Category Points
Journals (14) 21
Grammar reviews (11) 11
Quizzes (11) 11
Writing projects (11) 33
Final project (1) 24

In this course, you receive a grade of A, B, C, D, or F. For the meaning of these letter grades:

A-Level The document fully and skillfully fulfills the objectives of the assignment, is properly formatted, and is relatively free of grammatical, spelling, and punctuation errors. The project is complexly crafted and builds on several appropriate textbook activities and ideas; also shows inventive critical thinking related to the topic and/or reading assignments.
B-Level The document fulfills the objectives of the assignment, is properly formatted, and has some grammatical, spelling, and punctuation errors. The project is competently crafted and builds on some appropriate textbook activities and ideas; also shows critical thinking related to the topic and/or reading assignments.
C-Level The document fulfills most objectives of the assignment and may be well formatted but contains several. The project is reasonably full but builds on too few textbook ideas and activities.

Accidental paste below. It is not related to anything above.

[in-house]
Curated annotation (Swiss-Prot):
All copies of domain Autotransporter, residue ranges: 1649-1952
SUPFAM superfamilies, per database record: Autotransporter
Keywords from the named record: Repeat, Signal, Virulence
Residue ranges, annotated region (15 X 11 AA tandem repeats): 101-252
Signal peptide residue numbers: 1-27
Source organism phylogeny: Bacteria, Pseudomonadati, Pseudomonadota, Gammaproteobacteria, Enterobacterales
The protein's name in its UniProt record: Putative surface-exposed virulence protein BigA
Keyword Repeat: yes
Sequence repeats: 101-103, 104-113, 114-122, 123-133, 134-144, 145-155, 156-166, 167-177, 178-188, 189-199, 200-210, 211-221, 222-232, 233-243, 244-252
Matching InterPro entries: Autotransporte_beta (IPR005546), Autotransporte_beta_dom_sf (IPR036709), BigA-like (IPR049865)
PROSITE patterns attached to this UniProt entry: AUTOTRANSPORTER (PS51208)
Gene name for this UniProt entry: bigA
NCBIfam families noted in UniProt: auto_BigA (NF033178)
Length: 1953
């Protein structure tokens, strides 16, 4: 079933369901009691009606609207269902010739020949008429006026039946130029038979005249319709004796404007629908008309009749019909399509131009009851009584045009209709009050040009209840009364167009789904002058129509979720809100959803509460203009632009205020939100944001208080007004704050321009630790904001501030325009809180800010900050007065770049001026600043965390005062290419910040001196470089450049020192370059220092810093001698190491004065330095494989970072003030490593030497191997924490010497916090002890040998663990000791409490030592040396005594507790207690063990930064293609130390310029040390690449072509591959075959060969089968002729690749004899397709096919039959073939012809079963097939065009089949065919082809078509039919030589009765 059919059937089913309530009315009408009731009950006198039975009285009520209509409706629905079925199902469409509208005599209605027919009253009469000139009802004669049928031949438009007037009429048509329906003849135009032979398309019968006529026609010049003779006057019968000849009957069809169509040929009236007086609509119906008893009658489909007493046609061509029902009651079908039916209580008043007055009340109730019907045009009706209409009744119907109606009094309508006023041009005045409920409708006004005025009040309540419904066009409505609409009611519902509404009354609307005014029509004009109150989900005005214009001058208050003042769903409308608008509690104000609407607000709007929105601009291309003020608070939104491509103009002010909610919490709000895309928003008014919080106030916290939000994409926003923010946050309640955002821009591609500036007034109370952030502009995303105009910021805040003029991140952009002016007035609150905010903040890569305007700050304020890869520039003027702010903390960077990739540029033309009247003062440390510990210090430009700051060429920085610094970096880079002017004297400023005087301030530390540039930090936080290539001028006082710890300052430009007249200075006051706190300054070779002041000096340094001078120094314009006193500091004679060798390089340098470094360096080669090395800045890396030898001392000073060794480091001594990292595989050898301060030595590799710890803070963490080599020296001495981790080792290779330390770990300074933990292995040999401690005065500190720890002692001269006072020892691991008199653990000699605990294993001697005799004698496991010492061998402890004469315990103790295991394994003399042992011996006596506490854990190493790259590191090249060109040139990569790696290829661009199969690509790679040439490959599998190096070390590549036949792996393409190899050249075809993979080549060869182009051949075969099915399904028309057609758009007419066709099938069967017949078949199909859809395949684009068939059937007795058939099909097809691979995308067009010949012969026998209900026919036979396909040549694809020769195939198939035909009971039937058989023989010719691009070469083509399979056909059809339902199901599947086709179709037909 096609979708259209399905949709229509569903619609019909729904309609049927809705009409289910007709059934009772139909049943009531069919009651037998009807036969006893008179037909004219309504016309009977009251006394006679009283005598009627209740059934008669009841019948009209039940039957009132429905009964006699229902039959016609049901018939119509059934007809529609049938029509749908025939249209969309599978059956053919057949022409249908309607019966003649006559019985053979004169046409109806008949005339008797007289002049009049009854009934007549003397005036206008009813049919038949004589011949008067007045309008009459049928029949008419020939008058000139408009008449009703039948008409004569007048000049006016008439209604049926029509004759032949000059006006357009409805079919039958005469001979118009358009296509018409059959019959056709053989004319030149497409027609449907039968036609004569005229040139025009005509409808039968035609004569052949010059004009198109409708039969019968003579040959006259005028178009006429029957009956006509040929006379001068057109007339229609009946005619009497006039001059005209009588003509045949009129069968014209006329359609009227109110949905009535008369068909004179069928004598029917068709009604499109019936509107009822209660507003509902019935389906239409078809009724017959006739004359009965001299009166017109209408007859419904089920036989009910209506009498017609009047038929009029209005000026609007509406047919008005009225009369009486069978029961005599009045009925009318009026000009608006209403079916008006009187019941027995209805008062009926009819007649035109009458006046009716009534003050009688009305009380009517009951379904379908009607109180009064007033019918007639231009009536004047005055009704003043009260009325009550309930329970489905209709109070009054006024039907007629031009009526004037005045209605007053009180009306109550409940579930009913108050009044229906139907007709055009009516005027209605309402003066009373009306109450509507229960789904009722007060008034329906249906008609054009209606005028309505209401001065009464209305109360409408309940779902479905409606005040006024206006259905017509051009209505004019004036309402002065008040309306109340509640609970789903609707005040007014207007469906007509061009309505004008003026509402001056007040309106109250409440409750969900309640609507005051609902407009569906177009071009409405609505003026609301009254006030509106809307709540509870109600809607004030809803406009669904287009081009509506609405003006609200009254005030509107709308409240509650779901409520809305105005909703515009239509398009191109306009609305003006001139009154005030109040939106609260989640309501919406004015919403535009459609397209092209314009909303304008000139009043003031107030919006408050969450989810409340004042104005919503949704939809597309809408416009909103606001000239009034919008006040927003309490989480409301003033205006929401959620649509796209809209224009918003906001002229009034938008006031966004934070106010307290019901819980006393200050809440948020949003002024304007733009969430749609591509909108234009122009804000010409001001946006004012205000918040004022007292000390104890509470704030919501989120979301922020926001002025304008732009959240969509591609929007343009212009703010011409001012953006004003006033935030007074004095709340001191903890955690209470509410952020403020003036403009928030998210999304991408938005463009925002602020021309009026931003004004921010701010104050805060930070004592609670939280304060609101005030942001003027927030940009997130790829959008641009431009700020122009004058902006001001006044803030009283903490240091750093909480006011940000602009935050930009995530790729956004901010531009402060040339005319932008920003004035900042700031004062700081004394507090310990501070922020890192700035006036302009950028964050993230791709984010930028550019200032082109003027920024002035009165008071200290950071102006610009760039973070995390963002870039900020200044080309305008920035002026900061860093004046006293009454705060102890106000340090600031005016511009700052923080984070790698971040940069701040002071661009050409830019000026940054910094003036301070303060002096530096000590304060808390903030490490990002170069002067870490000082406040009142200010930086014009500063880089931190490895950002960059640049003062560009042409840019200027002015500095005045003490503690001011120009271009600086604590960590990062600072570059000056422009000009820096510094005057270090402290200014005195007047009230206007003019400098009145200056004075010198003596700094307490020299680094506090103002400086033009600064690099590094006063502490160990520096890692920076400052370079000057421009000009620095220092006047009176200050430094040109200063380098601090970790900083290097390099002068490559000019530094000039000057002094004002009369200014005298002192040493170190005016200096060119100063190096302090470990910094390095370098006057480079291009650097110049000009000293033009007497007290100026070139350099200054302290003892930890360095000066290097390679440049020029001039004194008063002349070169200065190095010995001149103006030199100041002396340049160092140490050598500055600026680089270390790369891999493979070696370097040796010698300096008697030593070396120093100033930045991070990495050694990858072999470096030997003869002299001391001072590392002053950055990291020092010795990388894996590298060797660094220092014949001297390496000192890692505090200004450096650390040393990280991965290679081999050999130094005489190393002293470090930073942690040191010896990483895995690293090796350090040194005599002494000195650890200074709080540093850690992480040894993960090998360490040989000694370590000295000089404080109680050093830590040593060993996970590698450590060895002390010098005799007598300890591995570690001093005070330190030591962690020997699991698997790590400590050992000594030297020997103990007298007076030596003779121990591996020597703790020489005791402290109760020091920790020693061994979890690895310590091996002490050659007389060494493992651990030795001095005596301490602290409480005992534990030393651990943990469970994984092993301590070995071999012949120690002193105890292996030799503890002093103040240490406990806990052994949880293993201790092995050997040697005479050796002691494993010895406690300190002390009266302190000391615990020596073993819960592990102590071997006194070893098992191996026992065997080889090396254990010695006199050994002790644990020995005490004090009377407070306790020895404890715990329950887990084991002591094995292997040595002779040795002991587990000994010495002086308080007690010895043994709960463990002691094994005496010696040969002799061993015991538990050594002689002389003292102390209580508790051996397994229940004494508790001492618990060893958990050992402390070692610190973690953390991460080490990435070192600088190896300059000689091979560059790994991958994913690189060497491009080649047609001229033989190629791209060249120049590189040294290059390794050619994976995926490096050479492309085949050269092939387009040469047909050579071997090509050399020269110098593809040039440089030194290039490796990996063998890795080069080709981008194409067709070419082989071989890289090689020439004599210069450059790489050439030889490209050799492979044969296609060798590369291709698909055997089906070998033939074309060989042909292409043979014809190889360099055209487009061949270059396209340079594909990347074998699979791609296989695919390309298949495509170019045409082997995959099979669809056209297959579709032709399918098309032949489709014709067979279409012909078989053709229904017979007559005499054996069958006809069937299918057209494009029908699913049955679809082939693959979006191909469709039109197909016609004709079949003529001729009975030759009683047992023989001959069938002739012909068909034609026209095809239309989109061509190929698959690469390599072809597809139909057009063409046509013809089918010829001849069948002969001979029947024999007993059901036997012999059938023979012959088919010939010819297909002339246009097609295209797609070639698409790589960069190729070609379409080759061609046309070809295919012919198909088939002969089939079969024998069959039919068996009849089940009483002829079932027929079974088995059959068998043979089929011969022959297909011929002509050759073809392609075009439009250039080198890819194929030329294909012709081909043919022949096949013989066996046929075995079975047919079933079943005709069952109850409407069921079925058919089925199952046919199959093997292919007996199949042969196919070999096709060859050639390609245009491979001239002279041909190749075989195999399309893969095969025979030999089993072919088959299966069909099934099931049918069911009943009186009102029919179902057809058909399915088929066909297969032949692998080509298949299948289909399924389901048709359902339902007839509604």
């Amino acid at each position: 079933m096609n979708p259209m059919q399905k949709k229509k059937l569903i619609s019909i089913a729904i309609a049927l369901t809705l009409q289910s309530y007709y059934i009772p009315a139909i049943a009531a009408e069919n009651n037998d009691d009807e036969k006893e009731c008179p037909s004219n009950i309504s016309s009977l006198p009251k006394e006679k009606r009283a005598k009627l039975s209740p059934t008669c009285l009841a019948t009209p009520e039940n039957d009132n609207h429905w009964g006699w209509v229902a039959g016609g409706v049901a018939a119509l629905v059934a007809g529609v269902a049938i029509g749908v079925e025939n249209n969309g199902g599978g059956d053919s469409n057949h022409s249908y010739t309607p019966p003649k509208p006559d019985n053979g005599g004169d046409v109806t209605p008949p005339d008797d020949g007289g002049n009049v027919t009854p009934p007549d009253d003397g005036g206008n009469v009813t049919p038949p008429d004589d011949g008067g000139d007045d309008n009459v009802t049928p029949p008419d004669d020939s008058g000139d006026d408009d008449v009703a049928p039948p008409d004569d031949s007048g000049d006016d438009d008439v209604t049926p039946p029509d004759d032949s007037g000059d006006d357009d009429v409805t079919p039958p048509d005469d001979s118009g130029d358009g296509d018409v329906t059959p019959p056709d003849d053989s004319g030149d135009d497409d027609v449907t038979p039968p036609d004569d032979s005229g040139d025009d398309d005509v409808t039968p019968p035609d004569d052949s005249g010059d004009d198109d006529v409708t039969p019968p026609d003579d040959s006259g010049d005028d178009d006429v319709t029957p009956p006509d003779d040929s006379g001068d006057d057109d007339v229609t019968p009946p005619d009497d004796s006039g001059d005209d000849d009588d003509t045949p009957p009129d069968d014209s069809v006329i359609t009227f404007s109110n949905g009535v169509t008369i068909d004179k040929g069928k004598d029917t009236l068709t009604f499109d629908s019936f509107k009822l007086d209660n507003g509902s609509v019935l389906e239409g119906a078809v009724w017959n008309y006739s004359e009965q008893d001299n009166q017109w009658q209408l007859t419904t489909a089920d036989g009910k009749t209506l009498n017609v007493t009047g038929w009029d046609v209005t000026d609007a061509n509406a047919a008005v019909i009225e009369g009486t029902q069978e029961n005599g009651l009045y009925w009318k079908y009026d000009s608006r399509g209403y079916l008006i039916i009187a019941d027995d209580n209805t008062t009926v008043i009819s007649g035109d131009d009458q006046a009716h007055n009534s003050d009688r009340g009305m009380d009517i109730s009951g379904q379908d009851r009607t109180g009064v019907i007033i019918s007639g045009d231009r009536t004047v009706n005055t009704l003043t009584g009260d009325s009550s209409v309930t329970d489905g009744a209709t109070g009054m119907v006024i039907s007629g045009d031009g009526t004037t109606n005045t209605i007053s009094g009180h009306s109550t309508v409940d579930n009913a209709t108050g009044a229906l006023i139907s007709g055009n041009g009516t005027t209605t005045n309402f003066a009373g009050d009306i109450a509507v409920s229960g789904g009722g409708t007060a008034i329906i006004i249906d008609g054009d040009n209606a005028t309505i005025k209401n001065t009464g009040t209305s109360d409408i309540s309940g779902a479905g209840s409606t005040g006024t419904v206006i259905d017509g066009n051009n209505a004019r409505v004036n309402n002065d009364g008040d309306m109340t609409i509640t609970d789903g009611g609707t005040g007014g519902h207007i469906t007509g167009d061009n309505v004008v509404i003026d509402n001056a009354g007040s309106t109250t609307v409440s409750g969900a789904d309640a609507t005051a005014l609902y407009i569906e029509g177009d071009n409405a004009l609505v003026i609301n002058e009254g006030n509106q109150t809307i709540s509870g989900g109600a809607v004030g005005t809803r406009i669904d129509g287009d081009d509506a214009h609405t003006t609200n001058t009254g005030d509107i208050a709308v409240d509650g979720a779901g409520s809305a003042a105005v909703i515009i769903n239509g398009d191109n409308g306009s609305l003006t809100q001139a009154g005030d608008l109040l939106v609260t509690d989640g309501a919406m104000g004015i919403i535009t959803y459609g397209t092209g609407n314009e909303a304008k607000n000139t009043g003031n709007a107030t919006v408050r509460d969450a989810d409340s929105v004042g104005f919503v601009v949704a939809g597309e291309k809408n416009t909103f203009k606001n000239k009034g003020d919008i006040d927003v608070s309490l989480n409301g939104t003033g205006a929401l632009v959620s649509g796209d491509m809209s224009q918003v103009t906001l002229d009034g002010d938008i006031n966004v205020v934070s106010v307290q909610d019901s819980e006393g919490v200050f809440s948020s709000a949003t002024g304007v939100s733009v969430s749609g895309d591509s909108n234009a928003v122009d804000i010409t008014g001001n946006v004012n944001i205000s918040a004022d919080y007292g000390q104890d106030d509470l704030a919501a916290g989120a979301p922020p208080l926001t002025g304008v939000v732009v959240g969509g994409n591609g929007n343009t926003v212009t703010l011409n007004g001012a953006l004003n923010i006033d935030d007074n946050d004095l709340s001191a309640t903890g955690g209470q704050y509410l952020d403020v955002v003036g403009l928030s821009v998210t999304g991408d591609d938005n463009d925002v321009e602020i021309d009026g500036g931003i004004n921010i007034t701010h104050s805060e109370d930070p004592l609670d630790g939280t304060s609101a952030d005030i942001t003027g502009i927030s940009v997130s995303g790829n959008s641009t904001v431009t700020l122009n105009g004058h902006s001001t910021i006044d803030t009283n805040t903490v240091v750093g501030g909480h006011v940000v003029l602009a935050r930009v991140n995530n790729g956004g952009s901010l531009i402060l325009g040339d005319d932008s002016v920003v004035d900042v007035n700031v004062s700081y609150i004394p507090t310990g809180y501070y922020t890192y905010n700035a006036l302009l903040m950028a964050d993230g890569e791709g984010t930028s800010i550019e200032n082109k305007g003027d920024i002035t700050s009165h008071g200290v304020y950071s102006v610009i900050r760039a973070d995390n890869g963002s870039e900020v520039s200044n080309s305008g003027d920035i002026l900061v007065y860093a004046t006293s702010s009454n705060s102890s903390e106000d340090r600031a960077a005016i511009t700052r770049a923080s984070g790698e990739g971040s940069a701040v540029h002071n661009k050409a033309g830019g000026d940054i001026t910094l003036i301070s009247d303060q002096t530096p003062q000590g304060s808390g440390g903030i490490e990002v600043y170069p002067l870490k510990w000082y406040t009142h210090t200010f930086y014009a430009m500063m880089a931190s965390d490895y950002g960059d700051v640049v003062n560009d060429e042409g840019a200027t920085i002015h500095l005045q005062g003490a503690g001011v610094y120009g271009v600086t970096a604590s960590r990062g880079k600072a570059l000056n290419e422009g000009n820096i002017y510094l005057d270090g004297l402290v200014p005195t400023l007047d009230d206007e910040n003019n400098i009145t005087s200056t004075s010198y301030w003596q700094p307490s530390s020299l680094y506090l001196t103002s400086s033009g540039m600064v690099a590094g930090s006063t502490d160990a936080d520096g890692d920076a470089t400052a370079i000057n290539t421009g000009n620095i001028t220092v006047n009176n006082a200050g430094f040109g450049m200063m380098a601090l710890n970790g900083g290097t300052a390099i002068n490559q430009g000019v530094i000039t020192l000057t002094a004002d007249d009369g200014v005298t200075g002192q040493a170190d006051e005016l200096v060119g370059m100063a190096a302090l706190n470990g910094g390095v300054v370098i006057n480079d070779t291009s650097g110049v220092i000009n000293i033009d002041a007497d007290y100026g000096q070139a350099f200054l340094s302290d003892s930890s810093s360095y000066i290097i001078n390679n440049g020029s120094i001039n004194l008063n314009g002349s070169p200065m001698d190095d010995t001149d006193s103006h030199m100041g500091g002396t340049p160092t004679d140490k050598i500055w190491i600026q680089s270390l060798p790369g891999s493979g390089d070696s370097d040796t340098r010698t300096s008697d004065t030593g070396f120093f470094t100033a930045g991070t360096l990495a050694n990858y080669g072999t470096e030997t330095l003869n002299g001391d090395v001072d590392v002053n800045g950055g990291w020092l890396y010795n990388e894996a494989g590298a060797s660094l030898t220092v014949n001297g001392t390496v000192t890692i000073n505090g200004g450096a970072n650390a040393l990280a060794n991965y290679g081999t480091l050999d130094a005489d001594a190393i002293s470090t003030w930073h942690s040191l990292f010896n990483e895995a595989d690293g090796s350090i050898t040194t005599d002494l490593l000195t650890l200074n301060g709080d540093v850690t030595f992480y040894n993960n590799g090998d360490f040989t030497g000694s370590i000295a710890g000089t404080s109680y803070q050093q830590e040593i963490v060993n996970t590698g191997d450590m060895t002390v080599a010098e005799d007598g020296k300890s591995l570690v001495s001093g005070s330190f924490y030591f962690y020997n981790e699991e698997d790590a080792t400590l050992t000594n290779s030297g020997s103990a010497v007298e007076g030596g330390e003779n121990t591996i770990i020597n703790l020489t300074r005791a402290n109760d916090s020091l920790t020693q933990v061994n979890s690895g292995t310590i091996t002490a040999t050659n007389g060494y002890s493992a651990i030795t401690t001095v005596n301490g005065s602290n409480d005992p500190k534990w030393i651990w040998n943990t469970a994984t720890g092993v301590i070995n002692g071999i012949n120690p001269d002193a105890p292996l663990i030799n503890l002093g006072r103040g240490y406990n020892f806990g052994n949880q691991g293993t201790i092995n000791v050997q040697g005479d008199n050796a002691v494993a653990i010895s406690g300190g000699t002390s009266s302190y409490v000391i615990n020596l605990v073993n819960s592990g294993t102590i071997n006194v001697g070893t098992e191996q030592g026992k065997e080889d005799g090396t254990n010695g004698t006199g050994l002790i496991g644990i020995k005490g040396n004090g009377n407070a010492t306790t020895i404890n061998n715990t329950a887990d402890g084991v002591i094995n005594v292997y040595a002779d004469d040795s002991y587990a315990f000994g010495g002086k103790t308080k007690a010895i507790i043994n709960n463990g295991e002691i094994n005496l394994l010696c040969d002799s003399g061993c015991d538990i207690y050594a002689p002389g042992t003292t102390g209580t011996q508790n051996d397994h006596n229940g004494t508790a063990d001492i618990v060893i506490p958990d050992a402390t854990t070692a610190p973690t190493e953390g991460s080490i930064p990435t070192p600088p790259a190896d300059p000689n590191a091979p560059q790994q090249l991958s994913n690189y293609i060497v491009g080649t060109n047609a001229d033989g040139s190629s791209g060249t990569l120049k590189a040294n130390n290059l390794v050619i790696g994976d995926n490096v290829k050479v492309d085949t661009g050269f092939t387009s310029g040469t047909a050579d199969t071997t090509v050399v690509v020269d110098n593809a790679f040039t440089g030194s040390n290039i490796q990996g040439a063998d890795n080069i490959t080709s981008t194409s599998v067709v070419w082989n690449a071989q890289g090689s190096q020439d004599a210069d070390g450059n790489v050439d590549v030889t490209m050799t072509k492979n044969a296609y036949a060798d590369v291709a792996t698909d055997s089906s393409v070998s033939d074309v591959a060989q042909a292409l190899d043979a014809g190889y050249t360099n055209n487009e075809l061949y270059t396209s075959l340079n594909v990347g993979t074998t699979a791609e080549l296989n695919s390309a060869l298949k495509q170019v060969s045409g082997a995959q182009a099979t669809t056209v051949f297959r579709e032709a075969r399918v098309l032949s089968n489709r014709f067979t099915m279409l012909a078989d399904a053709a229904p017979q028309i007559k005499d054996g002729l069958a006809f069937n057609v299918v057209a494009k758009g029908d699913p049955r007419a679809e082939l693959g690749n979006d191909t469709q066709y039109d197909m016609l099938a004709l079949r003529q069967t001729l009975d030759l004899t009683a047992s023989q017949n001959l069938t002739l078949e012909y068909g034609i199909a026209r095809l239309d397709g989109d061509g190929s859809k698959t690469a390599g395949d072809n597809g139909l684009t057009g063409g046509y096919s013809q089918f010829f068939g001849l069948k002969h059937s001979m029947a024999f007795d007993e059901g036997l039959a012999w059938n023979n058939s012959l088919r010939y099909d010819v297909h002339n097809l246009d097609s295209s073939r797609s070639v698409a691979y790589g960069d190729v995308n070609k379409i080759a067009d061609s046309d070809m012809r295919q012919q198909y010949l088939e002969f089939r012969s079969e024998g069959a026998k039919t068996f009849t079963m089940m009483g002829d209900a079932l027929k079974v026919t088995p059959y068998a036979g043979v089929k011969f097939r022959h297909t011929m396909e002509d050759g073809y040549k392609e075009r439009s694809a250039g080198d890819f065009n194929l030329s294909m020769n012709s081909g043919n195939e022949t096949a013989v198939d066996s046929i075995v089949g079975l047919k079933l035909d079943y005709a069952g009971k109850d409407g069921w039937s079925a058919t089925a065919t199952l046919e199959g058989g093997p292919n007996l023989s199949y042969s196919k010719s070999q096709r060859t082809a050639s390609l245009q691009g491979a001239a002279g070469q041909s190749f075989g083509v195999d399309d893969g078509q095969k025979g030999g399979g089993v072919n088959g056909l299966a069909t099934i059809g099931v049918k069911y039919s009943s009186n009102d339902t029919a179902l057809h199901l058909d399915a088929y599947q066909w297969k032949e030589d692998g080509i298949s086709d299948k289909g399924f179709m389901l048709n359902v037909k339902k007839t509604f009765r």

D-Level The document fulfills some of the objectives of the assignment but needs improvement in style, organization, development, and/or grammar/spelling/punctuation. The project is reasonably full but is unclear/ungrammatical.
F-Level The document does not fulfill the assignment's objectives. The project is minimal or is unclear/ungrammatical.

Because ETWR 1373 is a 12-week class that meets from 2/13 through 5/14, you must dedicate at least 12 hours each week, for assigned coursework.

Other Course Details & Policies